Our newest author to join the Summer Author Interview Series at The Write Teacher, is the multi-talented Jennifer Gooch Hummer. A former screenplay analyst, Jennifer’s first novel, Girl Unmoored, is without a doubt, fantastic. (Look for our review later this month.)
TWT: Where did the inspiration for Girl Unmoored come from?
JGH: When I was ten years old, this character named “Apron” just knocked on my head. I don’t know where her name came from. But I started a story called; “A Girl Named Apron” on a red spiral notebook that I still have today. Apron stayed with me for many years, but I didn’t know what her story was going to be until I met my real-life friend, Mike, and then it appeared. Mike in the book is not the same as my real Mike, of course. But they both had the same struggles and just as Mike Weller teaches Apron what true love is, so too did my friend teach me.
TWT: What was your job like as a script analyst?
JGH: Reading scripts for me was the equivalent of continuing education in writing. After I graduated from Kenyon College, I had critiqued just about every great piece of literature written before the ‘90’s. Kenyon is a very traditional small liberal arts college and they did not offer creative writing classes when I attended. So script reading was the perfect segue into writing. I learned so much about the importance of pace and dialogue, which just cannot be understated. Pace too slow = sudden death of your reader. Dialogue too contrived = subtle insulting of your reader. There isn’t room for a single unnecessary word in a great script and this is the way I try to write my novels as well.
TWT: What’s your favorite time of day to write?
JGH: I swim on a Masters Swim team at 530 am, rush home to get my three daughters to school, deal with my anxiety-ridden dog, and my slightly less anxiety-ridden husband, and then sit down to write. My goal is to get four pages a day down. If it’s a rewrite, it can be longer. But for the first draft, it’s four pages. And it’s brutal. The blank page is my mortal enemy. If I can’t get the pages done in my off-duty time, I will leave my work up on my computer screen all day and whenever I get even the tiniest window, let’s say while the rice is coming to a boil, I grab it. That may mean many over-cooked meals and working well into the night, but that’s just the way it’s gotta’ be. Everyone knows by now that if I’m not writing, I’m not nice. (Yes, I know I’ll be paying for many therapy visits someday.)
TWT: Would you ever consider screenwriting?
JGH: Absolutely. Working as a script reader for places like William Morris Endeavor, I figured out pretty quickly that just about everyone in LA has a script they’re working on. If they are really lucky, they might get read by a few important people. But it’s so rare to break into scriptwriting without connections, particularly if you are a woman. Sorry, but true. So my plan was always to write a novel first. The next novel I am writing is a Middle Grade Fantasy, which, truthfully, I think would be an even better screenplay. But because I know what I know, I’m writing it as a novel first. Then we’ll see.
TWT: Did you write short stories as a teenager?
JGH: Yes. But mostly I wrote in my journal. I was always writing. And always, always reading. Judy Blume saved my life.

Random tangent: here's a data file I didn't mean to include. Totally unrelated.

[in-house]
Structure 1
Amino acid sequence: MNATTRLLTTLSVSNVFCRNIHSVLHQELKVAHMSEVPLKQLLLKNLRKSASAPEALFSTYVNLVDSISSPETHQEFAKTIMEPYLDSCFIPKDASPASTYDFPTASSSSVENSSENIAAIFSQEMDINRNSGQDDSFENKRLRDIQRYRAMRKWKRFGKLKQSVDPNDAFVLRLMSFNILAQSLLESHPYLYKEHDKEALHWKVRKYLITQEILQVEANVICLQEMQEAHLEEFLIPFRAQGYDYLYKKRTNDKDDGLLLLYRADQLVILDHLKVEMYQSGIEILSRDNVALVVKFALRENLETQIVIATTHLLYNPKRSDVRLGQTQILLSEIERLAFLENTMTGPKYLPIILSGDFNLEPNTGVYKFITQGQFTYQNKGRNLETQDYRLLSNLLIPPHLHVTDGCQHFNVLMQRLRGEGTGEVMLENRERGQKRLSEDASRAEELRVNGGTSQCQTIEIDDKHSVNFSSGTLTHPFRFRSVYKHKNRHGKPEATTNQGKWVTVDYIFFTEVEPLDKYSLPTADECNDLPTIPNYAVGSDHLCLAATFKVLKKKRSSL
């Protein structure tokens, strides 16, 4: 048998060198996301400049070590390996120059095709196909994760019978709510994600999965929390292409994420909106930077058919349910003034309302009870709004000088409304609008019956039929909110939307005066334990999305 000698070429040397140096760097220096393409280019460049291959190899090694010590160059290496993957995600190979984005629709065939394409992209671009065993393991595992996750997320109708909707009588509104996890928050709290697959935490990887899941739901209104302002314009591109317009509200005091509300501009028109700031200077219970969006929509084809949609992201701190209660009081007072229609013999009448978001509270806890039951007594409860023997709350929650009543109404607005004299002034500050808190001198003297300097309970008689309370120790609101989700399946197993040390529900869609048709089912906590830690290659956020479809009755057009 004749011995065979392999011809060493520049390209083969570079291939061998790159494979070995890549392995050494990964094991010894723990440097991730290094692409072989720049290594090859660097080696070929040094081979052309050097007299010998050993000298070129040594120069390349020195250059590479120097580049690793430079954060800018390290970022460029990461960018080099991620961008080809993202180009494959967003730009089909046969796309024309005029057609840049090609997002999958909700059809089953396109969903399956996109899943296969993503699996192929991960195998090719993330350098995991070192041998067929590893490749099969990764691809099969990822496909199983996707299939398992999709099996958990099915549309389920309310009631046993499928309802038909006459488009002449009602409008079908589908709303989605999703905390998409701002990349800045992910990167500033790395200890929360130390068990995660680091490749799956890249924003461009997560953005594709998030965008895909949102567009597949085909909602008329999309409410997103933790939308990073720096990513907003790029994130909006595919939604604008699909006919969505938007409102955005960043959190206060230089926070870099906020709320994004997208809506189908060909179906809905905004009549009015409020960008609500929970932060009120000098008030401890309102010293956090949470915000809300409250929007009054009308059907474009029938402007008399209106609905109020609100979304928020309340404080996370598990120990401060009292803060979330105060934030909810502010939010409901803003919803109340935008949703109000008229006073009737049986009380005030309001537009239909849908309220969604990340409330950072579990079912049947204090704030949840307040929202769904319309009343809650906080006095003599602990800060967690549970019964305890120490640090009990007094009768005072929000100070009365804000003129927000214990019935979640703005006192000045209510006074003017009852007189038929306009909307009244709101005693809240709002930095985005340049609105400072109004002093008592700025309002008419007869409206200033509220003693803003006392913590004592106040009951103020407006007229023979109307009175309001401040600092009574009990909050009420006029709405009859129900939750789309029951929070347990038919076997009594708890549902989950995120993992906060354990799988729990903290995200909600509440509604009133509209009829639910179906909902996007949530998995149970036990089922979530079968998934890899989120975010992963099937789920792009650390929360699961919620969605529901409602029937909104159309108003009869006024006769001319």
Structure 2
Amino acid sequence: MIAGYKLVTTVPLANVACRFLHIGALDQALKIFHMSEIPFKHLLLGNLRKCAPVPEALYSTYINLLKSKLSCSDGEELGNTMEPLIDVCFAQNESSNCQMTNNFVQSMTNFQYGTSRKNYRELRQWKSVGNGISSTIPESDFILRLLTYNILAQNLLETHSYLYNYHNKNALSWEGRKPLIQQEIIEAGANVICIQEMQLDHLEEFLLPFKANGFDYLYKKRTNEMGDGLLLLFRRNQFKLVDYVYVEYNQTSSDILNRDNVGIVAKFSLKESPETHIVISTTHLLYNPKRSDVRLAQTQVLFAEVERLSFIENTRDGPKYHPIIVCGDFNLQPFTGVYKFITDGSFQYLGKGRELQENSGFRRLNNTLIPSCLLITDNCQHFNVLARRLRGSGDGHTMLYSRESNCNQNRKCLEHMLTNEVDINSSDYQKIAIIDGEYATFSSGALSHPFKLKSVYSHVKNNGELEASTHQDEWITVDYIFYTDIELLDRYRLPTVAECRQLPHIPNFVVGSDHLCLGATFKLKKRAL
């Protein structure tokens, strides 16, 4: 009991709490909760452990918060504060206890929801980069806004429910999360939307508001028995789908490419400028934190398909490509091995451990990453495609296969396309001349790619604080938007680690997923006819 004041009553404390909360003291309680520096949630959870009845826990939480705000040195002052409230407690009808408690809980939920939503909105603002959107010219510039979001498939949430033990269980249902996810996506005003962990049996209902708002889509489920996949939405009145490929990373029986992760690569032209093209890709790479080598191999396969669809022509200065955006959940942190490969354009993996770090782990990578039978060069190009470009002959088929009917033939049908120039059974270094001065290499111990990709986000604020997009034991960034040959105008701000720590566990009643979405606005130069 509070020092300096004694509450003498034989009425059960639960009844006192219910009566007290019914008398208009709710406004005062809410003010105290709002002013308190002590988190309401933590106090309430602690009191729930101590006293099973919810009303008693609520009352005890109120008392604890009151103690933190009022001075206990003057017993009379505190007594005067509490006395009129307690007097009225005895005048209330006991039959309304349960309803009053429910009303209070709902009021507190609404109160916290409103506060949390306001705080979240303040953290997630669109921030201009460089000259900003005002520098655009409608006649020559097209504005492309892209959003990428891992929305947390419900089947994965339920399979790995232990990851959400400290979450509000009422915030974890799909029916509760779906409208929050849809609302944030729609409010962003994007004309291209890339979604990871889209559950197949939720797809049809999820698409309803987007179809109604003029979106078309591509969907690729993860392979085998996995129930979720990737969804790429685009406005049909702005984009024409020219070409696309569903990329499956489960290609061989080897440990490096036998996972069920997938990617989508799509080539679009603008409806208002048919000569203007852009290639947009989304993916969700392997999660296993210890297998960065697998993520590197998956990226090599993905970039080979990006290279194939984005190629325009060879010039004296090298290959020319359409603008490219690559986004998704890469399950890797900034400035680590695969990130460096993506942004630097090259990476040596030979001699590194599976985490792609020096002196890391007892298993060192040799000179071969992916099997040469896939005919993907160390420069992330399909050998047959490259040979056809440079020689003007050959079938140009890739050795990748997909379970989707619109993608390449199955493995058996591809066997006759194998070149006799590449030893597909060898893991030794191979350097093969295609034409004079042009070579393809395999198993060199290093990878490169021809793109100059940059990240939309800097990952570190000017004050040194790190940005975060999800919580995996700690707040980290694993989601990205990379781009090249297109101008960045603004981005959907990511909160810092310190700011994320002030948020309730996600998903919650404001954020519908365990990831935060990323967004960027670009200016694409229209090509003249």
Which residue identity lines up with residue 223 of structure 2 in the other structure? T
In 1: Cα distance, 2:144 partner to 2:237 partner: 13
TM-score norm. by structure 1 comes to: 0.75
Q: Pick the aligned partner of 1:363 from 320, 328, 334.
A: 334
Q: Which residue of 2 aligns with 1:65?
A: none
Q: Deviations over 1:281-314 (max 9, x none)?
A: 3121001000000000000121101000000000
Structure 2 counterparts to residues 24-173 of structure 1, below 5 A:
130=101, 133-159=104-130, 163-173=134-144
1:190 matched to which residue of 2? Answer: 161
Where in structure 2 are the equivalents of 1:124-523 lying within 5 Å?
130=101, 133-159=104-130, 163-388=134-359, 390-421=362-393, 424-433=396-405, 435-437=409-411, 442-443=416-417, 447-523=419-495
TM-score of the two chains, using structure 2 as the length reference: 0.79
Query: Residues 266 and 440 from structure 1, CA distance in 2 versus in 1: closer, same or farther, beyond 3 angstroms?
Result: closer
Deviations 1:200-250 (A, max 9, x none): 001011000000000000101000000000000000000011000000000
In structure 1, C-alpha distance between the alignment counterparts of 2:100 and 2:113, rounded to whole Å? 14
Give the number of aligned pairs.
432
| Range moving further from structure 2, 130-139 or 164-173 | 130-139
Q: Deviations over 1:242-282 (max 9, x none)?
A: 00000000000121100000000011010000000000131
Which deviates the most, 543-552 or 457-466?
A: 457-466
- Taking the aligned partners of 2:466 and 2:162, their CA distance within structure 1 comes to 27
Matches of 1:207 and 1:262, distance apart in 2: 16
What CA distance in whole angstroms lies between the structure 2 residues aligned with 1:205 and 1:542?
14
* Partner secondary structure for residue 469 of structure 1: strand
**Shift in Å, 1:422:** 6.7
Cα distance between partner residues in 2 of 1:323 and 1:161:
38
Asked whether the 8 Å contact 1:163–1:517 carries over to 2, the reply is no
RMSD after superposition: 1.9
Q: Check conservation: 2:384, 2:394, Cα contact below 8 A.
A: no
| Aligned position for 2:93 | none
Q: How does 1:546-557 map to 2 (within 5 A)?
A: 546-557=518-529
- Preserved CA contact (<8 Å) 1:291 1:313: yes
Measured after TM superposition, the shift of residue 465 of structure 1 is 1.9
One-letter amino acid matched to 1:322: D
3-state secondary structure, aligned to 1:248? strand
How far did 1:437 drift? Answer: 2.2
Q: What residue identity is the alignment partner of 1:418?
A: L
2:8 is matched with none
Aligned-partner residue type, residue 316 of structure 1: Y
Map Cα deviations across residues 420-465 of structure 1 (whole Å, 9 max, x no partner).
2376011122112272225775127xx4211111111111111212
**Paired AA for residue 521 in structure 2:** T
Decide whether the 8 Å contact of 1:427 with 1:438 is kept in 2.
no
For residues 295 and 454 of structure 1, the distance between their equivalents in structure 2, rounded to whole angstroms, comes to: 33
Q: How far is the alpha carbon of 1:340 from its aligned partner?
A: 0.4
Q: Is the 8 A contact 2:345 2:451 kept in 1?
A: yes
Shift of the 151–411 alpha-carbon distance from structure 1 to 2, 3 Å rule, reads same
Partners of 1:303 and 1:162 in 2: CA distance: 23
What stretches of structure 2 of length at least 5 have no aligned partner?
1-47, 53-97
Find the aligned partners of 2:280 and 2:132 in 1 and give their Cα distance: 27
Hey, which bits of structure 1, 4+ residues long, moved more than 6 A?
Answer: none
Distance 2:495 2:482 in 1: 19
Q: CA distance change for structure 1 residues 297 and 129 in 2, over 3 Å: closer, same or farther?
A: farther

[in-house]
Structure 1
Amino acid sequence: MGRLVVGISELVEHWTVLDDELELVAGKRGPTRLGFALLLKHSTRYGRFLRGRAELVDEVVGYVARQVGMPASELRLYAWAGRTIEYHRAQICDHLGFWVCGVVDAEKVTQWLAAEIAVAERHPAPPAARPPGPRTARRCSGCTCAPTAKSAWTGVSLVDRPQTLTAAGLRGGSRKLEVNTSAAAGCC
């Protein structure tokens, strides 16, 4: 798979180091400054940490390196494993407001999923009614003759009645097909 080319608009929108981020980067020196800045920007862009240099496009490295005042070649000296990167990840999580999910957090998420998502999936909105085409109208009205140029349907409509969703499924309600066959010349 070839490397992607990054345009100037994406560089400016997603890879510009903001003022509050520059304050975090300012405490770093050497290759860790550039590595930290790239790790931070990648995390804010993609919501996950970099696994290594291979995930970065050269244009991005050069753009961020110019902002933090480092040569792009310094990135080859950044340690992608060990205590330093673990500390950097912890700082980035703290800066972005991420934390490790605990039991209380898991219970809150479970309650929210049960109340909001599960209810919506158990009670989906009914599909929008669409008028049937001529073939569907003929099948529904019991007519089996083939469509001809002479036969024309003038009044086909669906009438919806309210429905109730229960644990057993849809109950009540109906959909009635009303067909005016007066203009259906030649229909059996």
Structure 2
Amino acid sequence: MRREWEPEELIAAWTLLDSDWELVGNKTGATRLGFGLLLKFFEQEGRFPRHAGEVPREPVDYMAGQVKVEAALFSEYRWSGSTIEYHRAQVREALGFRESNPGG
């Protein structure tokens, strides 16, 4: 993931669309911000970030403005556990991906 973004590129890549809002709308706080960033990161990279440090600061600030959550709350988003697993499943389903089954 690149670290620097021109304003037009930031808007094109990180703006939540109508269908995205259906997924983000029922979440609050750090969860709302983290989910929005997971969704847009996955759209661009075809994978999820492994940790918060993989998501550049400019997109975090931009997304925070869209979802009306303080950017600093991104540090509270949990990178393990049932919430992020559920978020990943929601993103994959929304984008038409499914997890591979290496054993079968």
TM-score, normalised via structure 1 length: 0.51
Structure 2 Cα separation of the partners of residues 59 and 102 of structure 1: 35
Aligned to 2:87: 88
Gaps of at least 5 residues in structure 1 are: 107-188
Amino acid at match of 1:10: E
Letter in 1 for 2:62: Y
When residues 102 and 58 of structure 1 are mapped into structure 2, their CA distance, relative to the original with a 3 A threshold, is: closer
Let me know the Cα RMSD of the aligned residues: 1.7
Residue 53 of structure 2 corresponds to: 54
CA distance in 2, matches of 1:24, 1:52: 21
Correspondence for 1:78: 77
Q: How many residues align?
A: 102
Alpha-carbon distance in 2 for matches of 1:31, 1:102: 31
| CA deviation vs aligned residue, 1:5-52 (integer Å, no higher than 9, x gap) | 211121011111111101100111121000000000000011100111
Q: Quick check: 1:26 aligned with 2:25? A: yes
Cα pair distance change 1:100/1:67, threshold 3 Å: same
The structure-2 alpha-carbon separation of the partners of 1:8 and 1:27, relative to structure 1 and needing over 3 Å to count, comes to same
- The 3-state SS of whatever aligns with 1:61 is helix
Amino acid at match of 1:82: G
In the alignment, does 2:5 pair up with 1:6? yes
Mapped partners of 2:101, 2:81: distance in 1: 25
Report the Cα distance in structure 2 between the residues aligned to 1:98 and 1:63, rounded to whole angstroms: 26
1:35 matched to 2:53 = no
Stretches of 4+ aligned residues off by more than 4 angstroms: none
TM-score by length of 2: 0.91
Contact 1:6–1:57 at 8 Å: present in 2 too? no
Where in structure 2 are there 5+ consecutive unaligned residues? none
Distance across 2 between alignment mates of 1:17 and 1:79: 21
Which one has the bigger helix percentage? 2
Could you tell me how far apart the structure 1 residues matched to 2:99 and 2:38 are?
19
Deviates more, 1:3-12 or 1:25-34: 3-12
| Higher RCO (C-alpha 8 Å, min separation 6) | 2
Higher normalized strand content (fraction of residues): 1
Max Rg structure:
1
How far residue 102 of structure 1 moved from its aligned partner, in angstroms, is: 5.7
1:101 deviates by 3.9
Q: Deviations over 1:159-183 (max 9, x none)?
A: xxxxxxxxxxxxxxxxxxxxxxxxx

TWT: Do you speak Latin?
JGH: No! That’s the one thing I didn’t study as an English Major. But I absolutely love the root meaning of words. I think it’s so fascinating to trace our modern dialect back to Latin. Latin dictionaries are awesome. When I turned Apron’s father into a Latin Professor, I decided they needed a secret language between them. And that’s where the title headings came in. They were so much fun to research and then “Apron-ize.”
TWT: What advice would you give to aspiring writers, screenwriters, playwrights, and journalists?
JGH: Make a promise to your character to finish their story. The truth is that no one really cares if you finish that novel/script ect., unless you are a big author carrying a publishing house or have a producer flashing cash at you. It’s so easy to feel insecure, frustrated and guilty about the time and energy it takes to write. But by promising your character that you will tell his/her/its’ story, you take the “u” out of all three. Because now you have to write that story, sorry Honey/Dog/Tax Man, but you made a promise to someone(thing) and you intend to keep it.
TWT: What advice would you give to working mothers?
JGH: WARNING: This is harsh. (Sorry.)
It’s so so so hard to write – be you a working mother or a stay at home one like me. I’m basically a doormat to three daughters, a dog, and a husband. I run the entire household – and in my case my husband is a sports commentator who travels constantly. Any time that I set aside to write is almost always interrupted by one of these time-suckers. But too bad for me. Because No. One. Has. Time. To. Write. Don’t fall into the “poor me” trap! Be better than that. Showing up at the page to write one sentence a day will get you a completed draft sooner or later. And those days when there’s just no way in H E double hockey sticks that you’ll find the time? Forgetaboutit. There’s always tomorrow.
So my advice to working mothers is the same as it is to all writers:
First: Promise your characters you will tell their story.
Second: Show up at the page. (When you can, but be careful. See above.)
TWT: Who is/was your greatest teacher?
JGH: My greatest teacher was Perry Lentz at Kenyon College. He is a legend. He held his classes first period, at 8 am, which to college students is the equivalent of 4 am. But I never skipped it. No one did. He could analyze any piece of literature, even let’s say, Chaucer, and make it exciting. He has influenced so many great writers. I know that John Greene, who also went to Kenyon, and Laura Hillenbrand, who did as well, both consider him an all-time great. He is.
Be sure to check out GIRL UNMOORED!